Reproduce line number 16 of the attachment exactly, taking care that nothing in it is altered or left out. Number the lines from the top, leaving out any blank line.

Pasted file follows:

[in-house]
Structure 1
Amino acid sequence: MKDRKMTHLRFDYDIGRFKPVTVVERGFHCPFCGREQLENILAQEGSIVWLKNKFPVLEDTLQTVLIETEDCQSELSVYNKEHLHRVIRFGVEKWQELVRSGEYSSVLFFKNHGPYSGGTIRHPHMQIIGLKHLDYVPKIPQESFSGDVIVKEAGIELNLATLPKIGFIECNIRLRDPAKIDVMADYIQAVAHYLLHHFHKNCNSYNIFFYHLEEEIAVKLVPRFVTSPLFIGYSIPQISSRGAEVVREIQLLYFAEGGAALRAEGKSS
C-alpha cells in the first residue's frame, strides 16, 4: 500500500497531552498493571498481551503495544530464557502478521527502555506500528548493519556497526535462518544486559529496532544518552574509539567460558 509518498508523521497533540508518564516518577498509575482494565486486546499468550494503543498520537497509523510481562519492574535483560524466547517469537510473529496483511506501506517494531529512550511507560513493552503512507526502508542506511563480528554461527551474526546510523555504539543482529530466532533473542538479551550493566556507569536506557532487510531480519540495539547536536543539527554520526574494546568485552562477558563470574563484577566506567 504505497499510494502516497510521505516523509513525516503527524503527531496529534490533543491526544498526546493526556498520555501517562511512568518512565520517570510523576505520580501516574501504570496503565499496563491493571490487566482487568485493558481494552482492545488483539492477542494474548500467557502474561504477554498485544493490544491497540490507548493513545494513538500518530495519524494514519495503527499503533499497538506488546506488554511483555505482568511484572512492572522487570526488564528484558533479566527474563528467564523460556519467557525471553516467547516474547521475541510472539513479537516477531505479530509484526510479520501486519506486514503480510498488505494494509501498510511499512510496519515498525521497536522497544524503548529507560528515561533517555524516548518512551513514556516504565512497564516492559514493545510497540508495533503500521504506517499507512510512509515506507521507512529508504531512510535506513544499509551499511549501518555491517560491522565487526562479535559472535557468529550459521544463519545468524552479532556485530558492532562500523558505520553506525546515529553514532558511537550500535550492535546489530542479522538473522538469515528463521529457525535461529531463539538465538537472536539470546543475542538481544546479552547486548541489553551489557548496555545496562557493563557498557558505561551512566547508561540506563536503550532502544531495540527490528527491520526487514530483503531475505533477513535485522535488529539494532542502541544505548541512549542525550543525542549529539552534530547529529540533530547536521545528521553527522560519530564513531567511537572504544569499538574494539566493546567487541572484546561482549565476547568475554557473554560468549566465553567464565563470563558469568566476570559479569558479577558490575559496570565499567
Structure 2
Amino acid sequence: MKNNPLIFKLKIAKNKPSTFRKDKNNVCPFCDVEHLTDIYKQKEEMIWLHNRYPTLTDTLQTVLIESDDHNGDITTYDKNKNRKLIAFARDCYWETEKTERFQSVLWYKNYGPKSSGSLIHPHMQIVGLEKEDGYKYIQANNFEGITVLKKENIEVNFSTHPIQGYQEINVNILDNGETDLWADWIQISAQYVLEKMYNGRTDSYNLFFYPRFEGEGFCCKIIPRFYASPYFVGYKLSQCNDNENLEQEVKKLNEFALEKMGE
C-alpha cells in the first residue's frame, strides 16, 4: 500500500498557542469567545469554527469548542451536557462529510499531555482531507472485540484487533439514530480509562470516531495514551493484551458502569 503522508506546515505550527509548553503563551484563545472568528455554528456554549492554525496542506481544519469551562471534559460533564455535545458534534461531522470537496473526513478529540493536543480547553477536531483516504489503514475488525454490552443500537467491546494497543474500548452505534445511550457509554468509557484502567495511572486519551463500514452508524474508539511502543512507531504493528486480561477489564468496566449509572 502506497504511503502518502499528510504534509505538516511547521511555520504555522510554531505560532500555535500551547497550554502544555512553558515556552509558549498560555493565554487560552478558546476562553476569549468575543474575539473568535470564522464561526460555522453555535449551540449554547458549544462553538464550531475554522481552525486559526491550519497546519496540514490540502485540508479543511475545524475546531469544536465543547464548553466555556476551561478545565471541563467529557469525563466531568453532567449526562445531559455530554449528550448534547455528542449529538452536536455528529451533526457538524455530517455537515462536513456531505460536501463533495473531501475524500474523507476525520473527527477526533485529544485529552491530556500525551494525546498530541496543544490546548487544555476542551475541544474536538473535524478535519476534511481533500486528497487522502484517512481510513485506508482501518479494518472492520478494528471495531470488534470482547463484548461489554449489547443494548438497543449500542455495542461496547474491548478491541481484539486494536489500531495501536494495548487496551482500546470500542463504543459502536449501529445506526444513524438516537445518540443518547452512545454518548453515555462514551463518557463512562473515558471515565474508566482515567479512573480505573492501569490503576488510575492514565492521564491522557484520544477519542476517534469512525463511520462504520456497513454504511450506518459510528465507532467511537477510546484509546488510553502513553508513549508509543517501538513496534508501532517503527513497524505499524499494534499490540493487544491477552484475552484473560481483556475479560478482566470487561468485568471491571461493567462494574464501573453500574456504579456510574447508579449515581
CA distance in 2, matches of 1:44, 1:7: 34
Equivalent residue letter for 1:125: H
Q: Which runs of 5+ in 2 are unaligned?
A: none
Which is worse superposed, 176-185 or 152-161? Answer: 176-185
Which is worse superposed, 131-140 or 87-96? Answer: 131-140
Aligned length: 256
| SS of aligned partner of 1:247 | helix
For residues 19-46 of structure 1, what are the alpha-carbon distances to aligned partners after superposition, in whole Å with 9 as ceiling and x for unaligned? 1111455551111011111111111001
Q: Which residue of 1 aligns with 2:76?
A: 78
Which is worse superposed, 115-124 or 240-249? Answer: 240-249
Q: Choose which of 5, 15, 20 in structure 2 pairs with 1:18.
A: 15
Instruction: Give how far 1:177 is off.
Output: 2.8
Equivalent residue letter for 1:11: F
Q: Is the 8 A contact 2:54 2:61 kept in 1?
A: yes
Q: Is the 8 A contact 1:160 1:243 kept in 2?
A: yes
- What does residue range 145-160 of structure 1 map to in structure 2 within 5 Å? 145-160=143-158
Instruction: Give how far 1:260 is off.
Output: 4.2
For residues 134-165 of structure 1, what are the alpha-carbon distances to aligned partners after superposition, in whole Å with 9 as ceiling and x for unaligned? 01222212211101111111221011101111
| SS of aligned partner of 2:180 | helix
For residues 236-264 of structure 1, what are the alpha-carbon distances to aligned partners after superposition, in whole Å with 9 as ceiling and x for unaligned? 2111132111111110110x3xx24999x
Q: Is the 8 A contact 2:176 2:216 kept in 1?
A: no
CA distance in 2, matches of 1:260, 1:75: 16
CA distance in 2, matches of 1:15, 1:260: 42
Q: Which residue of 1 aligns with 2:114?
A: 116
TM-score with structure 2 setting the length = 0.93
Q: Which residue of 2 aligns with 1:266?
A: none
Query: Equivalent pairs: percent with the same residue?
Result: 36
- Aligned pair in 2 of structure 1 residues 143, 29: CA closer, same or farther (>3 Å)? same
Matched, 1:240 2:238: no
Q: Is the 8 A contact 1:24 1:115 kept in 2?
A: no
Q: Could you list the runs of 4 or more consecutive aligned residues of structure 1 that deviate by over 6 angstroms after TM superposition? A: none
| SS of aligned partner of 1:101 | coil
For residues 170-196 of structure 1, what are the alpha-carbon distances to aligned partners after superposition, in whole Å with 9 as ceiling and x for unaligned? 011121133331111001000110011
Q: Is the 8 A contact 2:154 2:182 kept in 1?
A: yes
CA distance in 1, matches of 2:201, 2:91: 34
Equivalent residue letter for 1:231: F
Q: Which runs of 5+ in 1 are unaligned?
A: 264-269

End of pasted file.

For residues 19-46 of structure 1, what are the alpha-carbon distances to aligned partners after superposition, in whole Å with 9 as ceiling and x for unaligned? 1111455551111011111111111001